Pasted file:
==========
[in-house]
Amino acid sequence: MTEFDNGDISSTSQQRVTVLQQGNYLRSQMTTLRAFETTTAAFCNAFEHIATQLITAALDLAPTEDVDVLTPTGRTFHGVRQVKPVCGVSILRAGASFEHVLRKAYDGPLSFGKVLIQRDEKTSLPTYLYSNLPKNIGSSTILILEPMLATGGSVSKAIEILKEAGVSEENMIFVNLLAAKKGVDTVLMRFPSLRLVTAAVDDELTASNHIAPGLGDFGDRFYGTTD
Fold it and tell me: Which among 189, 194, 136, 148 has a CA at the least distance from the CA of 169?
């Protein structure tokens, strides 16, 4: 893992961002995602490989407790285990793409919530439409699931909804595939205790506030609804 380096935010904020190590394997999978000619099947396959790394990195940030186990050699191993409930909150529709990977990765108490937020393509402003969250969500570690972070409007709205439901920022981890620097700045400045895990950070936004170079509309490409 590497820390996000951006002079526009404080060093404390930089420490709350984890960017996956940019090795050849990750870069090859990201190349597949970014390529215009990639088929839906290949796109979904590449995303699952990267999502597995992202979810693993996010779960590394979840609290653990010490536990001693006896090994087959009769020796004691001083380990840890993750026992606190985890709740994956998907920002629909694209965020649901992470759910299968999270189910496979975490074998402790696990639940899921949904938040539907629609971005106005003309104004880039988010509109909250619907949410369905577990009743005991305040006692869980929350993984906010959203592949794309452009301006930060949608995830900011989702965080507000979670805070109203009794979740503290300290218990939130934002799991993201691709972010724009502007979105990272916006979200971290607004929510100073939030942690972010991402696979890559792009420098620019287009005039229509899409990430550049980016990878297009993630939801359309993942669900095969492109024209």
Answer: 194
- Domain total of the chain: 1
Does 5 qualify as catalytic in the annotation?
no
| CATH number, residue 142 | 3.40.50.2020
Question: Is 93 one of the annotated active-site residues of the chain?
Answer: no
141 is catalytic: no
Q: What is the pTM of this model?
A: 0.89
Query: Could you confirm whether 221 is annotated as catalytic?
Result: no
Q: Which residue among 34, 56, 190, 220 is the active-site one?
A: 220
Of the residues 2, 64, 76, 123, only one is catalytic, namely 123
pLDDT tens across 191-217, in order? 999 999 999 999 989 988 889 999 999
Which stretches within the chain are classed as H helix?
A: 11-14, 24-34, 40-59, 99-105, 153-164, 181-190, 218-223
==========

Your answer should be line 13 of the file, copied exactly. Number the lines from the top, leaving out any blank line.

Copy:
Q: What is the pTM of this model?